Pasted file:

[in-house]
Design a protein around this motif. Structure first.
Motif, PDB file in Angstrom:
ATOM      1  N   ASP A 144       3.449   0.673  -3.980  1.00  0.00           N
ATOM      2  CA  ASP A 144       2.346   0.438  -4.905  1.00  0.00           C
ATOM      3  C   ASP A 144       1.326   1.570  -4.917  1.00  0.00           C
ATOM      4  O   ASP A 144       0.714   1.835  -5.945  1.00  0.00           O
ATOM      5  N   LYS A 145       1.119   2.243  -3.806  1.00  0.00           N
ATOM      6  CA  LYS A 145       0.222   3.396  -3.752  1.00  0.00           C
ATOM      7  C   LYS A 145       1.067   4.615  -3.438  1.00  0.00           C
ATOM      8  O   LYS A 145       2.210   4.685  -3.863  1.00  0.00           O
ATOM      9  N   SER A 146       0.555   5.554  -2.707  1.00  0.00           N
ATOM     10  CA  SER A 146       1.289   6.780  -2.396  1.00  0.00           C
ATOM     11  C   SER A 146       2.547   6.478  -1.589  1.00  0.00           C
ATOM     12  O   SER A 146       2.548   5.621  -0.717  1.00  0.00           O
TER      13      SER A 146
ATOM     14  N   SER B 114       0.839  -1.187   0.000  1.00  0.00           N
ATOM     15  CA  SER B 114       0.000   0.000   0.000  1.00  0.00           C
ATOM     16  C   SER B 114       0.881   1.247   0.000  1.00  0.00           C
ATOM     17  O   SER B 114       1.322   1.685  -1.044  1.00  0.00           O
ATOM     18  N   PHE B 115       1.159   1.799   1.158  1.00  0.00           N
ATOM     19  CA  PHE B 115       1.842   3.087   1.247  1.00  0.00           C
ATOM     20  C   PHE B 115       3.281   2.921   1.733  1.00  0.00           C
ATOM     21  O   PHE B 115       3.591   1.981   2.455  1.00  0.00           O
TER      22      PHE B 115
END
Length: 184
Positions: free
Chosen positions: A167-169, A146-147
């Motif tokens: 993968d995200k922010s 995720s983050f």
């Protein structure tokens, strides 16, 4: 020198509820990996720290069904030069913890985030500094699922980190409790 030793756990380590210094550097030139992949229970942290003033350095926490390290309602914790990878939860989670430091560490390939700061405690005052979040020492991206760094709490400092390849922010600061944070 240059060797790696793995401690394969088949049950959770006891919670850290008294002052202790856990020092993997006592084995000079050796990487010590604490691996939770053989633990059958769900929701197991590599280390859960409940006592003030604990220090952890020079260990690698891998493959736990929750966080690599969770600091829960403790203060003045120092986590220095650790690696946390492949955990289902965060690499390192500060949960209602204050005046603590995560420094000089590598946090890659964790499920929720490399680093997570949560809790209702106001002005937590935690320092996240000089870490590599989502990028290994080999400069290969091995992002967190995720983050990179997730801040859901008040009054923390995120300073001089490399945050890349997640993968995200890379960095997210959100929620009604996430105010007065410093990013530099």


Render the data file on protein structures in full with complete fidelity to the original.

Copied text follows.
[in-house]
Design a protein around this motif. Structure first.
Motif, PDB file in Angstrom:
ATOM      1  N   ASP A 144       3.449   0.673  -3.980  1.00  0.00           N
ATOM      2  CA  ASP A 144       2.346   0.438  -4.905  1.00  0.00           C
ATOM      3  C   ASP A 144       1.326   1.570  -4.917  1.00  0.00           C
ATOM      4  O   ASP A 144       0.714   1.835  -5.945  1.00  0.00           O
ATOM      5  N   LYS A 145       1.119   2.243  -3.806  1.00  0.00           N
ATOM      6  CA  LYS A 145       0.222   3.396  -3.752  1.00  0.00           C
ATOM      7  C   LYS A 145       1.067   4.615  -3.438  1.00  0.00           C
ATOM      8  O   LYS A 145       2.210   4.685  -3.863  1.00  0.00           O
ATOM      9  N   SER A 146       0.555   5.554  -2.707  1.00  0.00           N
ATOM     10  CA  SER A 146       1.289   6.780  -2.396  1.00  0.00           C
ATOM     11  C   SER A 146       2.547   6.478  -1.589  1.00  0.00           C
ATOM     12  O   SER A 146       2.548   5.621  -0.717  1.00  0.00           O
TER      13      SER A 146
ATOM     14  N   SER B 114       0.839  -1.187   0.000  1.00  0.00           N
ATOM     15  CA  SER B 114       0.000   0.000   0.000  1.00  0.00           C
ATOM     16  C   SER B 114       0.881   1.247   0.000  1.00  0.00           C
ATOM     17  O   SER B 114       1.322   1.685  -1.044  1.00  0.00           O
ATOM     18  N   PHE B 115       1.159   1.799   1.158  1.00  0.00           N
ATOM     19  CA  PHE B 115       1.842   3.087   1.247  1.00  0.00           C
ATOM     20  C   PHE B 115       3.281   2.921   1.733  1.00  0.00           C
ATOM     21  O   PHE B 115       3.591   1.981   2.455  1.00  0.00           O
TER      22      PHE B 115
END
Length: 184
Positions: free
Chosen positions: A167-169, A146-147
């Motif tokens: 993968d995200k922010s 995720s983050f």
């Protein structure tokens, strides 16, 4: 020198509820990996720290069904030069913890985030500094699922980190409790 030793756990380590210094550097030139992949229970942290003033350095926490390290309602914790990878939860989670430091560490390939700061405690005052979040020492991206760094709490400092390849922010600061944070 240059060797790696793995401690394969088949049950959770006891919670850290008294002052202790856990020092993997006592084995000079050796990487010590604490691996939770053989633990059958769900929701197991590599280390859960409940006592003030604990220090952890020079260990690698891998493959736990929750966080690599969770600091829960403790203060003045120092986590220095650790690696946390492949955990289902965060690499390192500060949960209602204050005046603590995560420094000089590598946090890659964790499920929720490399680093997570949560809790209702106001002005937590935690320092996240000089870490590599989502990028290994080999400069290969091995992002967190995720983050990179997730801040859901008040009054923390995120300073001089490399945050890349997640993968995200890379960095997210959100929620009604996430105010007065410093990013530099």